Canadian bus manufacturer Letenda has unveiled a new generation of electric buses designed specifically for cold weather. The first model to arrive will be a midibus called Electrip, which is made for the city.
The Electrip is around nine meters long and, according to Letenda, will offer space for up to 45 passengers, including 24 seats and up to six wheelchairs. The manufacturer evokes a “geometry redesigned to offer unparalleled comfort and handling”. In addition, thanks to a modular aluminum body, the Electrip is very light, which contributes to its efficiency.
Cummins will supply the electric motor and batteries and install three batteries in the buses with a total capacity of 222 kWh. On the Letenda website, the claimed battery capacity is 222 kWh at 296 – so apparently a fourth battery is offered as an option. The battery cells use NMC chemistry and can charge up to 150kW.
In addition to the batteries, the powertrain control, drivetrain, power electronics, charging control and connectivity systems also come from Cummins. Additionally, the company’s cooperation with Letenda will expand, as Letenda intends to offer the electric bus across Canada and the United States.
So far, the autonomy of the Electrip in summer or winter has not been revealed. There is supposed to be underfloor heating inside. However, what is supposed to make the Electrip suitable for winter use is not specified.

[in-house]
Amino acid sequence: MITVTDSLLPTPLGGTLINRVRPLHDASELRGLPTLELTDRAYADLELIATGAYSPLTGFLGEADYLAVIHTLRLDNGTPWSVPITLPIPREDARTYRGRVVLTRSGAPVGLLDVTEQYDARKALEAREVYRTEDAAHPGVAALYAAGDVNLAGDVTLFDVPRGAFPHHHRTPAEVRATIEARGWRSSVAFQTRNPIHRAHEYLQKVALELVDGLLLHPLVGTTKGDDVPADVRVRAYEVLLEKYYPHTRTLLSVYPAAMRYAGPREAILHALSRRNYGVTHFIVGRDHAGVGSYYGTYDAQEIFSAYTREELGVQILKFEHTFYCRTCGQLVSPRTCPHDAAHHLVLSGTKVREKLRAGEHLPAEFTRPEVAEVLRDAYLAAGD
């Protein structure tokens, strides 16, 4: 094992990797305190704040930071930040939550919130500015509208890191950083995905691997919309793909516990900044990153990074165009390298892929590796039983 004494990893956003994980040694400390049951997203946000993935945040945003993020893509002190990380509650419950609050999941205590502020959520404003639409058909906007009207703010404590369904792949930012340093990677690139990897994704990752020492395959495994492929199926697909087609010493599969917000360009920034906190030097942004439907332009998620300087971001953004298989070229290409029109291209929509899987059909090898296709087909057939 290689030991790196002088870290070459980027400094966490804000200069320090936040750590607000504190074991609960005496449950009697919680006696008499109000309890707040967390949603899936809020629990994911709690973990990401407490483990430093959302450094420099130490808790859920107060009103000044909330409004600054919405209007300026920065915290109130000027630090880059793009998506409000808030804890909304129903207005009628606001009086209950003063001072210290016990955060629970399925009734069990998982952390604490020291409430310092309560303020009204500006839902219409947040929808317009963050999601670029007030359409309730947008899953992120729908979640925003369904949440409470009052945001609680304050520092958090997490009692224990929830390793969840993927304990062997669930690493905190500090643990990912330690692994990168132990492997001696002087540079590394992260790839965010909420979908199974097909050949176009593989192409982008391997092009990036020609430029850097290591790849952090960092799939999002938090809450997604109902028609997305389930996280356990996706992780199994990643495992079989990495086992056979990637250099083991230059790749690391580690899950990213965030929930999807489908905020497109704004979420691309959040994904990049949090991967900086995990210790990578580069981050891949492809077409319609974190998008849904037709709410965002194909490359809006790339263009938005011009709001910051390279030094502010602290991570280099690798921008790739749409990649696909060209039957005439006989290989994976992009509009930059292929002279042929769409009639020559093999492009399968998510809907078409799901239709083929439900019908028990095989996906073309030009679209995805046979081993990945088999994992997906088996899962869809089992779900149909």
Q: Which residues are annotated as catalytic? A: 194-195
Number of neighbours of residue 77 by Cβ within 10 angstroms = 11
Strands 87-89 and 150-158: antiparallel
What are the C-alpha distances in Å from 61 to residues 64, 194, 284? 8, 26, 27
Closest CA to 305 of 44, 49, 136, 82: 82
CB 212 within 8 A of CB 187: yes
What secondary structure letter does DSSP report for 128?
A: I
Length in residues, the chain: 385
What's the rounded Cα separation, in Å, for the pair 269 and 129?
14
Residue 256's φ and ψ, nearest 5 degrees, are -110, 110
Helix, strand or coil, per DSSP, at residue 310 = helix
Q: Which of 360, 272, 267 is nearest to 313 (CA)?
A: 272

Nicolas Letendre, Chairman and CEO of Letenda, targets other characteristics in his statements. “The Electrip is perfectly suited to transport companies wishing to reduce their environmental impact and optimize their operations while moving towards sustainable mobility”, specifies Letendre. “Our product is complementary to the existing offer of electric vehicles for mass transit due to its size and innovative design.”
In addition to Cummins, other partners include Rio Tinto, as well as several Quebec companies such as Constructions Proco, Simplex Tool Rental, Promotion Saguenay, La Société de la Vallée de L’aluminium, Développement économique Longueuil and ACET Banque Nationale.
Besides private investors, Letendre also received an undisclosed amount of government funding.